posted: June 9, 2021
tl;dr: A nearly fifty year-old, out-of-print book about the last great American inflation, which reads like today’s headlines...
As I mentioned in my review of When Money Dies, the book I recommend reading before tackling Dying of Money, I have vivid memories of the last great inflation in the United States, which spanned from the late 1960s to the early 1980s. While I was getting upset by candy bars going up in price or shrinking in size, attorney Ronald H. Marcks, writing under the pen name of Jens O. Parsson for reasons of anonymity, was researching and writing Dying of Money, which takes as its primary topic that still-in-process inflation. The book was published in 1974, so it ends before the inflation did, with some conjectures about how things might turn out. The name Paul Volcker does not appear in the book, but Parsson does speak to the magnitude of the effort that it would take to conquer the inflation.
For those who consider themselves monetarists, or for those seeking a level-headed explanation of the 1970s inflation, Dying of Money is an absolute must read. When Money Dies is mostly a historical account of the German inflation during the Weimar Republic of the 1920s; Dying of Money gets into more economic theory about why inflations happen. Parsson uses that theory to explain what was happening during the American inflation of the late 1960s and 1970s, while also touching upon the Weimar inflation. He is very specific about the policy mistakes that were made, and explains why actions such as President Nixon’s wage and price controls were doomed to fail. For a monetarist like Parsson, the only way for an inflation to end is to slow the creation of new money and let prices rise to their new equilibrium level, to match the amount of goods in the economy.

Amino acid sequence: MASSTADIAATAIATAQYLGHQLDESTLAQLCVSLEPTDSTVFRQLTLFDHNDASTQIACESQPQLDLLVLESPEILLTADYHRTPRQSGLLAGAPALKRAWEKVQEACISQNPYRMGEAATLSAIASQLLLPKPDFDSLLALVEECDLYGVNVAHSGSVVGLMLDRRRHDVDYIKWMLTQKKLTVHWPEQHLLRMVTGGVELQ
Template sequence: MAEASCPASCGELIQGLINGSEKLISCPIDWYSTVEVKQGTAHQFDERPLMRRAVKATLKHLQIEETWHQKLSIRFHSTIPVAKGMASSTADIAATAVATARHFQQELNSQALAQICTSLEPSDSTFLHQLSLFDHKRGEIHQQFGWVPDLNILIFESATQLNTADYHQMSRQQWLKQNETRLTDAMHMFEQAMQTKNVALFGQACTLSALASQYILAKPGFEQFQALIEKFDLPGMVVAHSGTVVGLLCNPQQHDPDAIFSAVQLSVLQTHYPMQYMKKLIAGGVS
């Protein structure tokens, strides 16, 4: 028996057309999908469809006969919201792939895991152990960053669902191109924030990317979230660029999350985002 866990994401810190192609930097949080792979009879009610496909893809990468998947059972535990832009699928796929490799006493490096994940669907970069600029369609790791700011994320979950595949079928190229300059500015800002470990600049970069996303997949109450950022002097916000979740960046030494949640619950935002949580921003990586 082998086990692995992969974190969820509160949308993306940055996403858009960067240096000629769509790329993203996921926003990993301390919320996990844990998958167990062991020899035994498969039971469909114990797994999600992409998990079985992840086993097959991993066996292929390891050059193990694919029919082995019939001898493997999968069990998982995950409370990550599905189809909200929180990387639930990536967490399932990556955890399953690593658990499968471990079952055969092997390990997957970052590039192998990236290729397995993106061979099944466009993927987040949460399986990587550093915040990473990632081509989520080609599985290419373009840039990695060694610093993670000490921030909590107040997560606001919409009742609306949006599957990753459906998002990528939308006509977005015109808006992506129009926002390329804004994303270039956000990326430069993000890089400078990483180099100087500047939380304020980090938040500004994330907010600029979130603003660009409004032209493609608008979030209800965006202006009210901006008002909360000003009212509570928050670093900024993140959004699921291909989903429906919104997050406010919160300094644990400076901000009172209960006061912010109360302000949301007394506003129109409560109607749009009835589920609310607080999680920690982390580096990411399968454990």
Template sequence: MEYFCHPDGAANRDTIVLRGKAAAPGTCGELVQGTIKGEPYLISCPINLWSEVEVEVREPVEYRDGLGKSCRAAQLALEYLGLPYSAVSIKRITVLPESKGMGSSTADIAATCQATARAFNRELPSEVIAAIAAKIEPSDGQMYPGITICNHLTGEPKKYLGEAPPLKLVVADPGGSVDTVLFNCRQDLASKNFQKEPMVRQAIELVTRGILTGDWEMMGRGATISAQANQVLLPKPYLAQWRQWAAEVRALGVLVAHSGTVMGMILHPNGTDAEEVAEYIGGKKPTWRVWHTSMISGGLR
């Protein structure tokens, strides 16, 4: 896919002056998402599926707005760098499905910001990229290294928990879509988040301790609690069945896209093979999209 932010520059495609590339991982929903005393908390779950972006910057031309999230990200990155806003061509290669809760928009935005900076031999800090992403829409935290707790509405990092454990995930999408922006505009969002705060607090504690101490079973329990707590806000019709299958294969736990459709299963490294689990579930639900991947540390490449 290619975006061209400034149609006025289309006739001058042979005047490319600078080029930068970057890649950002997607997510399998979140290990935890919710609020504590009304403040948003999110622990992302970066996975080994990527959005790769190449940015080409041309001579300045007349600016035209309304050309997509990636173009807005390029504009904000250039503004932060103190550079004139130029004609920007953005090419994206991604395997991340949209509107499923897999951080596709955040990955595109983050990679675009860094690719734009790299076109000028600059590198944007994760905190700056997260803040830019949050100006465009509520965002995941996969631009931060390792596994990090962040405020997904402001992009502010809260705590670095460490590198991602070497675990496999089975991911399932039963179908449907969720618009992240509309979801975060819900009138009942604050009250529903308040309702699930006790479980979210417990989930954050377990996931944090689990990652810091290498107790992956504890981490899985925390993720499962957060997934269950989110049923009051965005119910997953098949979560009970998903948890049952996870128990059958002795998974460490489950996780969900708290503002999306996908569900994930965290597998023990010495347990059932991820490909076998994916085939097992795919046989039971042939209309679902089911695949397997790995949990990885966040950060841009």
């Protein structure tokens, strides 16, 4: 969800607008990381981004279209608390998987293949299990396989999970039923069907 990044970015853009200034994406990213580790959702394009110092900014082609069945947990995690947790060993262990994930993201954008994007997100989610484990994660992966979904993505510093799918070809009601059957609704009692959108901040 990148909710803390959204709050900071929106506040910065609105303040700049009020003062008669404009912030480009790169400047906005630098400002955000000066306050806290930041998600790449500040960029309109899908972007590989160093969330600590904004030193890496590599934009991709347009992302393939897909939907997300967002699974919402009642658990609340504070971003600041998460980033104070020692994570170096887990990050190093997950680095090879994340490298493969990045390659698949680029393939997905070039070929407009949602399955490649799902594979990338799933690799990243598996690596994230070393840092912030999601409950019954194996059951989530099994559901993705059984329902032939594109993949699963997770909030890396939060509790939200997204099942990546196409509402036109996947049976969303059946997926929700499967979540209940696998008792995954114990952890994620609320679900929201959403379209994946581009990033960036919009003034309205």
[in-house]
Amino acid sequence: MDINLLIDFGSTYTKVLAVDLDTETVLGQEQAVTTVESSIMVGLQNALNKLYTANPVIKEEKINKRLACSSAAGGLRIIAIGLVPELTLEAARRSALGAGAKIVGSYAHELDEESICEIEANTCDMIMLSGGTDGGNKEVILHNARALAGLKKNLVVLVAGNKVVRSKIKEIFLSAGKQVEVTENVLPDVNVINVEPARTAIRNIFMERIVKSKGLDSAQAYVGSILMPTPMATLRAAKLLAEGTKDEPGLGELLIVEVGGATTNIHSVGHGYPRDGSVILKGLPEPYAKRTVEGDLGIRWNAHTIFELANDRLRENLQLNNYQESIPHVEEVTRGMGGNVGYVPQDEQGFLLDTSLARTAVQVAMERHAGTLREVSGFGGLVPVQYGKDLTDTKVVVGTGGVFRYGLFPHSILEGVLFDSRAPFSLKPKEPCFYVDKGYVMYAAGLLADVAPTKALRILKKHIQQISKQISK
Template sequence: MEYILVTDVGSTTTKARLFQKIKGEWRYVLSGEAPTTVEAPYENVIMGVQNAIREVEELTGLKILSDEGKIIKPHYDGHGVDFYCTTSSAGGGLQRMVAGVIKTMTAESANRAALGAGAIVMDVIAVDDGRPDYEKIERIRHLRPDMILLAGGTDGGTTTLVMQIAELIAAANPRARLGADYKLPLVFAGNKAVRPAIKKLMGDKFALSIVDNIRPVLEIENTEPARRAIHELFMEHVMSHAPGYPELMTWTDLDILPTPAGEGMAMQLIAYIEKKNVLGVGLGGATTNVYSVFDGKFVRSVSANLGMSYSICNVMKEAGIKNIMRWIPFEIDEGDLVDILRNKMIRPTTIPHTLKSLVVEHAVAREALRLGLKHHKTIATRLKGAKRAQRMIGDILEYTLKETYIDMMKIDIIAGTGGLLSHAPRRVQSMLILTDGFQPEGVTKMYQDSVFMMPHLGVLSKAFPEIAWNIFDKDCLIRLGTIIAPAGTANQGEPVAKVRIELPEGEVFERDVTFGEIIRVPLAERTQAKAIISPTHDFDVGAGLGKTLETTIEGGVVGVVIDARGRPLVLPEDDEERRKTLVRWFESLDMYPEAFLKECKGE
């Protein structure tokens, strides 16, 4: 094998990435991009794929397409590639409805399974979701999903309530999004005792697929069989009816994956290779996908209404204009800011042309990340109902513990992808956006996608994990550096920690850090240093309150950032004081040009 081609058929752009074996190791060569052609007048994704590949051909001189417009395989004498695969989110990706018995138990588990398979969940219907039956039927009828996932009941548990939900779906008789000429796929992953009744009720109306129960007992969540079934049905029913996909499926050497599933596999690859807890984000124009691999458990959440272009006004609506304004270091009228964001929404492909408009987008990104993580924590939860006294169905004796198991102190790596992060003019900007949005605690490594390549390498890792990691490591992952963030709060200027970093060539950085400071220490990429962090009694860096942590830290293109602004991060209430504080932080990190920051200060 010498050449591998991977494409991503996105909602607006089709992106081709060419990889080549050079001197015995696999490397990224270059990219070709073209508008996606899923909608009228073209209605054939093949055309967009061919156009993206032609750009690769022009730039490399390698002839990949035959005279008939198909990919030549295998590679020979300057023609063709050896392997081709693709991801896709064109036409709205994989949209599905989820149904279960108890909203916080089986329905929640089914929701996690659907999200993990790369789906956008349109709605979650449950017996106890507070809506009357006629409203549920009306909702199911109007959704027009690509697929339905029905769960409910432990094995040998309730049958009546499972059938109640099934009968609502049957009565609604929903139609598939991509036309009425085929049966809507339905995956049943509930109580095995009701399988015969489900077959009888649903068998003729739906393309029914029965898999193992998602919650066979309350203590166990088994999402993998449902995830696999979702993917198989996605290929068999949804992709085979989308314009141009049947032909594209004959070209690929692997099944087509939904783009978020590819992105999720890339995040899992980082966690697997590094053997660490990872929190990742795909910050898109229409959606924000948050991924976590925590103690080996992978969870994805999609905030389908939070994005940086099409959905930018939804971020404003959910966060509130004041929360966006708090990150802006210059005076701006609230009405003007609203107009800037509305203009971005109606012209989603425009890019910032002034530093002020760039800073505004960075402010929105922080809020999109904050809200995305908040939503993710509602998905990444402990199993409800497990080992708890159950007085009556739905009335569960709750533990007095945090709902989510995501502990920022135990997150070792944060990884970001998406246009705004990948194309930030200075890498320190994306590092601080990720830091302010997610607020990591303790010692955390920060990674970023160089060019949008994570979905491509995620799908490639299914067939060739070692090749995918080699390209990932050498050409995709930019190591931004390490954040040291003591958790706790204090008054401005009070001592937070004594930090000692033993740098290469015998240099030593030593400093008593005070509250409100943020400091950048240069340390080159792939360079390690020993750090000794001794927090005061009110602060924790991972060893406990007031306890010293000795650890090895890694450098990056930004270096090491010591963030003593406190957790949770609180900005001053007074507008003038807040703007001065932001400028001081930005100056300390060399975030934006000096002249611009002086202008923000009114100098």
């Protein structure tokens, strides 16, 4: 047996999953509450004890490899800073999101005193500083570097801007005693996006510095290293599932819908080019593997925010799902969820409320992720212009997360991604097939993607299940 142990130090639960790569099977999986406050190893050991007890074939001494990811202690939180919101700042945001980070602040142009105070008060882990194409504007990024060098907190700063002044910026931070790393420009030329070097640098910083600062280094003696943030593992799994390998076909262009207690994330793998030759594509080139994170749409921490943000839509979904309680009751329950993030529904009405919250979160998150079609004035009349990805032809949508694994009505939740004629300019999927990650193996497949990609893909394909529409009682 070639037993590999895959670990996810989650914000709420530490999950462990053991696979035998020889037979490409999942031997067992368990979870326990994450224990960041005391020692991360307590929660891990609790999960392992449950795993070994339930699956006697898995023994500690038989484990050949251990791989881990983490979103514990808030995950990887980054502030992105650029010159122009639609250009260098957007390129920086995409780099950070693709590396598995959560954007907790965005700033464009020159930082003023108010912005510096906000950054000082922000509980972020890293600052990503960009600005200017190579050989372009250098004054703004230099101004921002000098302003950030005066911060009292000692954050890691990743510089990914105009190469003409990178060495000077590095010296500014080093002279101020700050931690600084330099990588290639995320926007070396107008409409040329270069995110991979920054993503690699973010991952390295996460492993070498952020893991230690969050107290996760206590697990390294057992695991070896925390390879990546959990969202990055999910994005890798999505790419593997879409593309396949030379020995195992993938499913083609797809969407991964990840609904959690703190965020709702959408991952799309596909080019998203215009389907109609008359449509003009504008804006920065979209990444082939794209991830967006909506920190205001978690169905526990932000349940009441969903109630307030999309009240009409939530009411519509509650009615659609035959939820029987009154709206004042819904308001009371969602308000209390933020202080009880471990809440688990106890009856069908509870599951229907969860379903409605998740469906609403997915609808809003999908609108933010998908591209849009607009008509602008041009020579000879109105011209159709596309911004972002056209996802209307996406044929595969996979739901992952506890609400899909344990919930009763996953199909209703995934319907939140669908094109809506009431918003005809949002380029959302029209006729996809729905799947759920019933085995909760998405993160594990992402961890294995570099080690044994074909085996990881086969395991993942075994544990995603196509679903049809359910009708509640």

Parsson has a great command of the English language, and a wonderful knack for turning a phrase. Dying of Money is filled with quotable sentences that have parallels to today’s economy, such as: “A sharply rising stock market proves to be an unfailing indicator of monetary inflation happening now, price inflation coming later, and a cheap boom probably occurring in the meantime.” If that quote intrigues you, and sounds like what might be happening today, there are hundreds of equally thought-provoking ones sprinkled liberally throughout the book.
Parsson has read the extensive writings of economist John Maynard Keynes, and explains where economists who call themselves Keynesians have gone wrong by misapplying Keynes’s teachings. Dying of Money also contains a set of major economic policy changes that Parsson would make if he were given political control of the American economy. This is probably why Ronald H. Marcks decided to publish under a pen name, because the policy recommendations are outside the bounds of normal debate between so-called liberals and conservatives.
To cite just two examples: Parsson argues for what is today called “Universal Basic Income”, but which he calls the “National Dividend”, to provide every citizen with sustenance and a fair share of the generated wealth; but he also argues for abolishing the minimum wage, to allow everyone to be paid strictly in accordance with the value they add on the job, thereby relieving private industry of paying for basic sustenance, which is supposed to be provided by the National Dividend. While Parsson has the average citizen’s welfare foremost in his proposals, his proposals are collectively such a major change from our ossified political system that, lacking a crisis which would open people’s minds to major changes, they are purely hypothetical.
As the book’s website explains, Dying of Money achieved only a small volume of sales when it was originally published. It has recently been rediscovered by some financial industry luminaries, which hopefully pleased Ronald H. Marcks, who passed away a few months ago. I couldn’t find any reasonably priced used copies available for sale, or an ebook version for sale, so I located a PDF version of the book somewhere on the Internet. The PDF had some problems, especially towards the end of the book: there were occasionally some missing or jumbled words. I wish some publisher would release a definitive version of the book for sale, even if it's just an ebook. I would willingly pay for it, and heartily recommend it to others who want to know just what went wrong in the 1970s and what may be going wrong now.